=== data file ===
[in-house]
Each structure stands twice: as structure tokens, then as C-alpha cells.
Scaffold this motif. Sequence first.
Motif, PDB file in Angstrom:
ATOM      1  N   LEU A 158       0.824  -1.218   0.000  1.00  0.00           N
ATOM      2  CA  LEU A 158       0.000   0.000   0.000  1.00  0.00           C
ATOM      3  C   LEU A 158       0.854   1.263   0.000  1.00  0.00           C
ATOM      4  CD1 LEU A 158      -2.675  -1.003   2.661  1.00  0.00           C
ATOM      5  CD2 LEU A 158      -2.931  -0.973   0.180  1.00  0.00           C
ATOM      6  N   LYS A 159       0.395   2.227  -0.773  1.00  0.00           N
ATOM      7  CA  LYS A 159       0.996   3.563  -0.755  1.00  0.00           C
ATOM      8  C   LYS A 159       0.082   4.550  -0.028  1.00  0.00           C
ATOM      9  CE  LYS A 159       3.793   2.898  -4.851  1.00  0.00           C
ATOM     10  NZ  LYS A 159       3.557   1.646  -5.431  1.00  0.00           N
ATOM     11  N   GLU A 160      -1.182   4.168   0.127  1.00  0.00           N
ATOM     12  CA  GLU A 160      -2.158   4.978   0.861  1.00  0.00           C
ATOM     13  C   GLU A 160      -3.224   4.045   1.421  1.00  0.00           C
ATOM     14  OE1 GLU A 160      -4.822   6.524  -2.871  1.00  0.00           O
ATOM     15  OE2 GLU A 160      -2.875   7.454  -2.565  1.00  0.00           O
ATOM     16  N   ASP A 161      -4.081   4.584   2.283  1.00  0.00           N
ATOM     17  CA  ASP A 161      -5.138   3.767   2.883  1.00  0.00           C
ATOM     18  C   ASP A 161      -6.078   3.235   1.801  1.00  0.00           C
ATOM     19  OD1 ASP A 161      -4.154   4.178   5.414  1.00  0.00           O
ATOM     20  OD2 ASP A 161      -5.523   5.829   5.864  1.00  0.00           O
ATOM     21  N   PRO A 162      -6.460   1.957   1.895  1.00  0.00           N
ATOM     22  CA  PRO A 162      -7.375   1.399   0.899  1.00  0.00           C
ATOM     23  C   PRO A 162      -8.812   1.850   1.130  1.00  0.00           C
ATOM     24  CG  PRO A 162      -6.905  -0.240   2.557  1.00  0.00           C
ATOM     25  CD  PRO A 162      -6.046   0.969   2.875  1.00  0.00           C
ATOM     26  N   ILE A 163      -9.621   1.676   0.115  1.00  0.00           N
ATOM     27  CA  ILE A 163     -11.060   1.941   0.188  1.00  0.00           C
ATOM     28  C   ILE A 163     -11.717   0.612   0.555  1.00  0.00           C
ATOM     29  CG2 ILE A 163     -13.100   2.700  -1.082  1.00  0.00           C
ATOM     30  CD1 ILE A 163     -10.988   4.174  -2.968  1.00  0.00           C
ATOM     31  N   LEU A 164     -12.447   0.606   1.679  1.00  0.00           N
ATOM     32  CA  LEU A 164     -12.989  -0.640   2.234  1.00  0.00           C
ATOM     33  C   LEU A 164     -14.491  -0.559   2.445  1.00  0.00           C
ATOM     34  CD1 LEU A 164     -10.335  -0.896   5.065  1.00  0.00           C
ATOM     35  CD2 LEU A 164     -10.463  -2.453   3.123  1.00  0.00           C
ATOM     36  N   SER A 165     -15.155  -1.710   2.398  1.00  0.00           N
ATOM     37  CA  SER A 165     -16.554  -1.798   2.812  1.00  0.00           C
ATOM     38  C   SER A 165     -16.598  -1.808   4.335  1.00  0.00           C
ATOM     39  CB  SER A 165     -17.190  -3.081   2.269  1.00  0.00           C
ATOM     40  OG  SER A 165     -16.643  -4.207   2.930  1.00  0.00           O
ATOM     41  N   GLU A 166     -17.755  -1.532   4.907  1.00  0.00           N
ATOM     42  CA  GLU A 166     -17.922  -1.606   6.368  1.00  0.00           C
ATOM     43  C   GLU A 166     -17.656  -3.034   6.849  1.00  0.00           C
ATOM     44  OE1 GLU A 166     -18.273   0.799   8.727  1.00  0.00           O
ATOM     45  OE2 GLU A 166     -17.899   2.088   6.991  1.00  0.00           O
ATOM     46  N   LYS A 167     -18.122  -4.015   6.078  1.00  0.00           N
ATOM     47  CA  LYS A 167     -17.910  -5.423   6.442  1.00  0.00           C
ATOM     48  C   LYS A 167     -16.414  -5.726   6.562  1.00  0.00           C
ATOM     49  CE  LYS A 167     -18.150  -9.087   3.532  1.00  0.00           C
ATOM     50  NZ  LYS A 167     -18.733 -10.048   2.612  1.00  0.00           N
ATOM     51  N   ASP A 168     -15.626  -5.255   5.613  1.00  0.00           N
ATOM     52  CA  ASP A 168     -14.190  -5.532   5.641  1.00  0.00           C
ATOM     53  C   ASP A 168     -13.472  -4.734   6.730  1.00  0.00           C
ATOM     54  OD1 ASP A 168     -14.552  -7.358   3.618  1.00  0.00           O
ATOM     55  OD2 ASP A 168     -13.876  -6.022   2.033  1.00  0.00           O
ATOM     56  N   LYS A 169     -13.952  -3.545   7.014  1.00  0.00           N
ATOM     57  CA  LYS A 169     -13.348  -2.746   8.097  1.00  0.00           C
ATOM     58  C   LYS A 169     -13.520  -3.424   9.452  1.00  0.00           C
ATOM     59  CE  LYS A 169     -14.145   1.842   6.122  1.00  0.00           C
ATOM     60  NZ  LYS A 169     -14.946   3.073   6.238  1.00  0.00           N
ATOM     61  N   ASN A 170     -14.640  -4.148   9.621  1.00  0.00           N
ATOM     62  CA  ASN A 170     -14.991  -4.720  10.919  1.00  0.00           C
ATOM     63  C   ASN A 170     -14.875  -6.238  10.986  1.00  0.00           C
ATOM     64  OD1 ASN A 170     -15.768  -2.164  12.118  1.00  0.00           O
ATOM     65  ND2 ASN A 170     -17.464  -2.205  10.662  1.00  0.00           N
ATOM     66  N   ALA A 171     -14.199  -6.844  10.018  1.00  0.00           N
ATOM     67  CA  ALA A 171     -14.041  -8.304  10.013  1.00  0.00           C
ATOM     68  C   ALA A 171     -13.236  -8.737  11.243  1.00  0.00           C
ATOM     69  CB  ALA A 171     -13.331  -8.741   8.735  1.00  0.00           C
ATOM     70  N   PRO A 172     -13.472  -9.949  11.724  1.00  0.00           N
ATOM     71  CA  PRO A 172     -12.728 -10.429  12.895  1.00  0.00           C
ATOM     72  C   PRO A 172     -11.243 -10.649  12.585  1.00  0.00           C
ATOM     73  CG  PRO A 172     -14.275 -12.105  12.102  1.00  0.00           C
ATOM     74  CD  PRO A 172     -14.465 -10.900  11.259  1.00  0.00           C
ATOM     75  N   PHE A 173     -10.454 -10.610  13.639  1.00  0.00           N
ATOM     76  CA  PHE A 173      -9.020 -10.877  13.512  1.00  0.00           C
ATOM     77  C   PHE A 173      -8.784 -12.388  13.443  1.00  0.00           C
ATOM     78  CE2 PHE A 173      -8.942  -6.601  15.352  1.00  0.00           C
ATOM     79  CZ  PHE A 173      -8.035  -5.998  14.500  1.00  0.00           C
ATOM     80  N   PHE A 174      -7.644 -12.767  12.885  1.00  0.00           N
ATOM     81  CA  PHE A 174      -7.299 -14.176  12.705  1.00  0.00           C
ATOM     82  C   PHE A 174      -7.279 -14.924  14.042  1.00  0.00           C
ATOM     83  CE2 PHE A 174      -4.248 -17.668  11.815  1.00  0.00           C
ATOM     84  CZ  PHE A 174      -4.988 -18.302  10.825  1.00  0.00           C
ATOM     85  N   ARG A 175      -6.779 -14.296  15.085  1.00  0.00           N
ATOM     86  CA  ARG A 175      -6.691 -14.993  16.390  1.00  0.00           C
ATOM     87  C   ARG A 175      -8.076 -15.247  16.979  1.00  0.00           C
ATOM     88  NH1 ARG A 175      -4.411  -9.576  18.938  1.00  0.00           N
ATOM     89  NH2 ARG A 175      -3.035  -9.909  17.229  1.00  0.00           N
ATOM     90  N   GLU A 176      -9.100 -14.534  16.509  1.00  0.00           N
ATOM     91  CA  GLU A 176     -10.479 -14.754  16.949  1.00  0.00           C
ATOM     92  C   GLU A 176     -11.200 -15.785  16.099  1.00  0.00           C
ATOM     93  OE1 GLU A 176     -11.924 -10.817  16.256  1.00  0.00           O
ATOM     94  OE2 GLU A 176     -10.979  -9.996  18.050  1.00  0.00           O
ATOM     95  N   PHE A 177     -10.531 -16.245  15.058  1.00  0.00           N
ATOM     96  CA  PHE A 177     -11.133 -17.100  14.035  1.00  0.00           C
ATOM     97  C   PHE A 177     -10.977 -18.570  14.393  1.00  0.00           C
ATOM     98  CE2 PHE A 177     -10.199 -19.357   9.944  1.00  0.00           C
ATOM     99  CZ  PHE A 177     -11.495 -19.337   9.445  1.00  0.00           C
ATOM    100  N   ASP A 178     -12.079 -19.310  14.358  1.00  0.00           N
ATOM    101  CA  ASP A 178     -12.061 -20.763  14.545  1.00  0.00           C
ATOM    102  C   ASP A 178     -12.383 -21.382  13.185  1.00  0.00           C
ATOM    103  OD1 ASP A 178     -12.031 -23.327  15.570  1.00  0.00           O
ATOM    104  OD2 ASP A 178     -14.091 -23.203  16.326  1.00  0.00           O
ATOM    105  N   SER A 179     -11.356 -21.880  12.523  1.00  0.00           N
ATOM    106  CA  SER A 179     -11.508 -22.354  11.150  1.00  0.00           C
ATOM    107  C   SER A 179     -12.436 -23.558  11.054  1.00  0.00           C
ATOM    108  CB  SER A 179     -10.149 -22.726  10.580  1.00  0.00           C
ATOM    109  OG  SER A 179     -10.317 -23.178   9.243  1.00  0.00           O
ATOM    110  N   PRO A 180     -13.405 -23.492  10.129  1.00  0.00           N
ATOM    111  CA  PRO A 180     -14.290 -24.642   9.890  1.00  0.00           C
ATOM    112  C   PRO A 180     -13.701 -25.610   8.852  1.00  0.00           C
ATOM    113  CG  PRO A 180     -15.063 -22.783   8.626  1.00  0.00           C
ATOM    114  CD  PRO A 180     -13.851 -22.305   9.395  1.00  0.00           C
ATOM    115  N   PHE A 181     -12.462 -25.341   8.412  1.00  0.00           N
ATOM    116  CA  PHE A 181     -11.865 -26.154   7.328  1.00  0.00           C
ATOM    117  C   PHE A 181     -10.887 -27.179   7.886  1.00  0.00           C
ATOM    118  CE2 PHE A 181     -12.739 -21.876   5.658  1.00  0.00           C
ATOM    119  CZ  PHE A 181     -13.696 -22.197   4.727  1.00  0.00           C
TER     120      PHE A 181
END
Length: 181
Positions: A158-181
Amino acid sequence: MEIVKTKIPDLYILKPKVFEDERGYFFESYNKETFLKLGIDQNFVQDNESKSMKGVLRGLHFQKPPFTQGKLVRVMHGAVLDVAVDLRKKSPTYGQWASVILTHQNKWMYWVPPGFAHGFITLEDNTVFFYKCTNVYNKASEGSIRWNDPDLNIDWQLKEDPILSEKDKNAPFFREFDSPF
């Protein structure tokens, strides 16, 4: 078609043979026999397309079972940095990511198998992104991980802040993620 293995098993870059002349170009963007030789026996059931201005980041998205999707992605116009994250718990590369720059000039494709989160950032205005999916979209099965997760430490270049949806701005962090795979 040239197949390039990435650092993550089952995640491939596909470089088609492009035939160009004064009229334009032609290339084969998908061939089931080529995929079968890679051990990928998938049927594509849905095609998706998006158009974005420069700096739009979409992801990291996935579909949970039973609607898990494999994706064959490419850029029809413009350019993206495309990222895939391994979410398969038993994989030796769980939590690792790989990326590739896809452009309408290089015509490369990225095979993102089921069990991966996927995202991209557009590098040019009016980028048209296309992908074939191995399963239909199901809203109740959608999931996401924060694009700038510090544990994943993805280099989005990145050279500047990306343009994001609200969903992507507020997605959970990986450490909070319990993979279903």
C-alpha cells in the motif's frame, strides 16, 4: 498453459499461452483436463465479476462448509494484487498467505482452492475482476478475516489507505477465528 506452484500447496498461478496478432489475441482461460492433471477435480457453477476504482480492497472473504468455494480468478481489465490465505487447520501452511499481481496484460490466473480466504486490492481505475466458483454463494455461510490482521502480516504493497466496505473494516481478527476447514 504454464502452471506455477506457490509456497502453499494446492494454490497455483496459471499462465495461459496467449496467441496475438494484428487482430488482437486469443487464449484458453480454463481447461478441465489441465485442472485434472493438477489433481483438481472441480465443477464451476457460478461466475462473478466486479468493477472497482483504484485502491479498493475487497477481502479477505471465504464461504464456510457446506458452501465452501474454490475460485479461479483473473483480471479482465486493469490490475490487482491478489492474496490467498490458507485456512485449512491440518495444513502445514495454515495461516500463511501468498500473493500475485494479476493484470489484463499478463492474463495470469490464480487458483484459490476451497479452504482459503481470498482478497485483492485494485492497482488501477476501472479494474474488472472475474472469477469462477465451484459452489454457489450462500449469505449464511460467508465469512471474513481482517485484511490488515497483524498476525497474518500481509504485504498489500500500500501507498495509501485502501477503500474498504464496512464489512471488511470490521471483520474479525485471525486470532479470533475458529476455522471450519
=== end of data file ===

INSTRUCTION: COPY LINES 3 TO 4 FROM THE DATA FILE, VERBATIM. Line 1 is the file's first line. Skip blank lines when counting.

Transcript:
Scaffold this motif. Sequence first.
Motif, PDB file in Angstrom: